Banks will be forced to offer compensation to victims of scam

UK banks will be forced to offer refunds to blameless victims of ‘push payment’ scams as part of the government’s plans for new legislation to tackle the growing threat of financial fraud.

Scams have increased since the pandemic, with a sharp rise in authorized push payment (APP) frauds, where people are tricked into sending their money to accounts controlled by criminals.

More than £ 355million was lost to APP fraud in the first half of 2021, a 71% increase over the same period in 2020. The number of cases in the six months was nearly double that of 58,000 registered in the first half of 2019.

Ministers on Thursday pledged to strengthen the powers of the payment systems regulator (PSR), which sets rules for banks and other payment service providers, but said it has limited room for maneuver to force banks to take repayment action.

John Glen, Economic Secretary to the Treasury, said the government would “legislate to remove any obstacles to regulatory action as soon as possible.”

“The government’s position is that corporate liability and reimbursement requirements must be clear so that customers are adequately protected. “

Most of the big banks are already signatories of a voluntary code, put in place in May 2019 to fight against fraud. This has improved reimbursement rates for victims of push payment scams, when they have not acted with “gross negligence” or knowingly turned their money over to a criminal. TSB has been offering its clients a money back guarantee in the event of fraud since April 2019.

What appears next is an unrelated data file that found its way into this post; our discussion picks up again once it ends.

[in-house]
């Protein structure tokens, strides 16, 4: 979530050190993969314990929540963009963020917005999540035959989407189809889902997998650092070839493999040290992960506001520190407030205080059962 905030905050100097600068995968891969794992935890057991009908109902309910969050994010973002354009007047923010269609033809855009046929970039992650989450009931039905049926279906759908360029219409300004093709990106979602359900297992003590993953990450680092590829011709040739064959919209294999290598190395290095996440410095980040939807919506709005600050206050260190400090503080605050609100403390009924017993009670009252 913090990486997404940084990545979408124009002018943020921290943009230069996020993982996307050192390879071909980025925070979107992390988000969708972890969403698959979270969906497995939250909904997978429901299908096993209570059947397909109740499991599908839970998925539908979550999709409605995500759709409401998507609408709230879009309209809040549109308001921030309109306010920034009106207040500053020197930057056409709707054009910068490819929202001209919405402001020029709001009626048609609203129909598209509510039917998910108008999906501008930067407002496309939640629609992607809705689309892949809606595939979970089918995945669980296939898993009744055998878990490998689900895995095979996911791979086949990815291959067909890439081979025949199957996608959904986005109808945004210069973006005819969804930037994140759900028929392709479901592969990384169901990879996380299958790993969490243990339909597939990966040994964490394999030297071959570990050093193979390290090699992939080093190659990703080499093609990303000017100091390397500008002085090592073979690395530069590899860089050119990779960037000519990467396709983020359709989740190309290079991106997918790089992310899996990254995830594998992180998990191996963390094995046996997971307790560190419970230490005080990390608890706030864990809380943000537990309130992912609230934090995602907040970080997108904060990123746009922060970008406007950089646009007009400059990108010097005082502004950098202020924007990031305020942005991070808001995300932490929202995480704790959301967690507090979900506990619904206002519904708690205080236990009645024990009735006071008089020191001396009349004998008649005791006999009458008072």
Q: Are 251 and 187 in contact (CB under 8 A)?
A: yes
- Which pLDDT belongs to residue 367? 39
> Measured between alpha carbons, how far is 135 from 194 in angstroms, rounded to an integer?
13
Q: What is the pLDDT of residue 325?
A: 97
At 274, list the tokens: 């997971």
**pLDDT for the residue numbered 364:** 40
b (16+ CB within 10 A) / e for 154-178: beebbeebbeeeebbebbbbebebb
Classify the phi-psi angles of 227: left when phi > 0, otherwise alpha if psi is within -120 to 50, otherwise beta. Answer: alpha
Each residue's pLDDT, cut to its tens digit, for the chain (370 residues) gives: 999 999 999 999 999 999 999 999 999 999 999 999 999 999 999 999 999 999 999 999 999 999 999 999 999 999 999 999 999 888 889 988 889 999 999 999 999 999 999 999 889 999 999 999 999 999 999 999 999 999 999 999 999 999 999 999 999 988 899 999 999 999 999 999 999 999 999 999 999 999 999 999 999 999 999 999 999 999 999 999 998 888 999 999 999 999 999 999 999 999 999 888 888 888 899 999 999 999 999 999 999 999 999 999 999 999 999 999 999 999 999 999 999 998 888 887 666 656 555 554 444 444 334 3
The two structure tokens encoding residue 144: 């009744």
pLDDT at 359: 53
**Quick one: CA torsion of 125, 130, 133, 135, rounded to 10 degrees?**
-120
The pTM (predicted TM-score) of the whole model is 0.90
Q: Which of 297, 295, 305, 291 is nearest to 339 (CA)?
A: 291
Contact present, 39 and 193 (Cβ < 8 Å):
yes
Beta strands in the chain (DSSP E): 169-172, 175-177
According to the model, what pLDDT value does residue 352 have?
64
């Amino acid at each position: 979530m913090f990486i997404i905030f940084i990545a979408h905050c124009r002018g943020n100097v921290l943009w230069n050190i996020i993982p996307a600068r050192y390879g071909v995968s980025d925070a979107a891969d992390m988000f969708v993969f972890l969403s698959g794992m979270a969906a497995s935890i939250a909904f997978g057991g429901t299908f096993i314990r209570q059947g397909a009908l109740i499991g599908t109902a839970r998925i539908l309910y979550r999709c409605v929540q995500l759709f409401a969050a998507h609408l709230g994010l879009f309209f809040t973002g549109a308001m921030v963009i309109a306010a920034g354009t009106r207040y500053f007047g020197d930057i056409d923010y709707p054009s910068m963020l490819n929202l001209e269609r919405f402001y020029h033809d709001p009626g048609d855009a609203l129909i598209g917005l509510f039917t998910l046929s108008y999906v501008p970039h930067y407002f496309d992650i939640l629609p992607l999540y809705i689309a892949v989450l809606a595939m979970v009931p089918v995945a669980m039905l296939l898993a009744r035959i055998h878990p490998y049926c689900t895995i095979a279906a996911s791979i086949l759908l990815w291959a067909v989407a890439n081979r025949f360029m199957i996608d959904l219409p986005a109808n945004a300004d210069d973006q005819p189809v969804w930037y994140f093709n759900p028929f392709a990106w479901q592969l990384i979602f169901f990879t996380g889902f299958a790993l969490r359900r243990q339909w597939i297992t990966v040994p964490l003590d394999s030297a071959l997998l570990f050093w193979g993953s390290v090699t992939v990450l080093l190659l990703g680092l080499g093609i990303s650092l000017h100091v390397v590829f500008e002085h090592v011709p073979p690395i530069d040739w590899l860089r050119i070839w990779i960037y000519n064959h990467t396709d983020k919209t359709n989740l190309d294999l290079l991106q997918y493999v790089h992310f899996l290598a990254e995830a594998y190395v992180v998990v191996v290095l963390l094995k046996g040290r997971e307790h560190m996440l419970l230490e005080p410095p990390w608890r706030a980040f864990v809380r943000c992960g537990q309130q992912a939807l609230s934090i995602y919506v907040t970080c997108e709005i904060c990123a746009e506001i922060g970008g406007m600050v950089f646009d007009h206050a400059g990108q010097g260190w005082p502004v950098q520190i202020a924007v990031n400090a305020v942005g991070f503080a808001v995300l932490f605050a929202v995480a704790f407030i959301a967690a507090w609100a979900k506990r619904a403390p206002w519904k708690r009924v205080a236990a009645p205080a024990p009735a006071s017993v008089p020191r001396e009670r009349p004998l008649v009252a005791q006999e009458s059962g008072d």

However, the code has been applied inconsistently by different banks and the average repayment rate remains below 50 percent since its introduction. PSR said banks could do more to help those who have been swindled out of their savings. “It is unlikely that victims did not act appropriately in 50% of cases. ”

Anabel Hoult, chief executive of consumer group Which ?, said the Treasury announcement was “a huge victory for consumers.”

“People are still losing life-changing amounts of money every day, so the Treasury must act quickly to introduce the necessary legislation.”

The mandatory reimbursement rules were part of a package set out by the ESP in its consultation paper released on Thursday. He wants the 12 largest banking groups to publish performance data on APP scams, including victim reimbursement levels. He also expects payment providers to improve their “information sharing” on risky payments.

“We expect to see progress in this area and we are ready to act if necessary,” said PSR. Its consultation runs until January 22, 2022.

UK Finance, the banking industry body, said it had called for legislation on a regulated code for consumer protection and welcomed the Treasury announcement. But he also singled out organizations outside the payments system – such as social media companies and research sites – for fueling the scams.

Katy Worobec, Managing Director of Economic Crime at UK Finance, said: “As PSR recognizes, other industries have a key role to play in the fight against fraud, which is why it is so important that there is coordinated action by government and other sectors. to combat what is now a threat to national security. This is also why we believe that all fraud data should highlight the external drivers of fraud, such as data breaches, social media and other online platforms.


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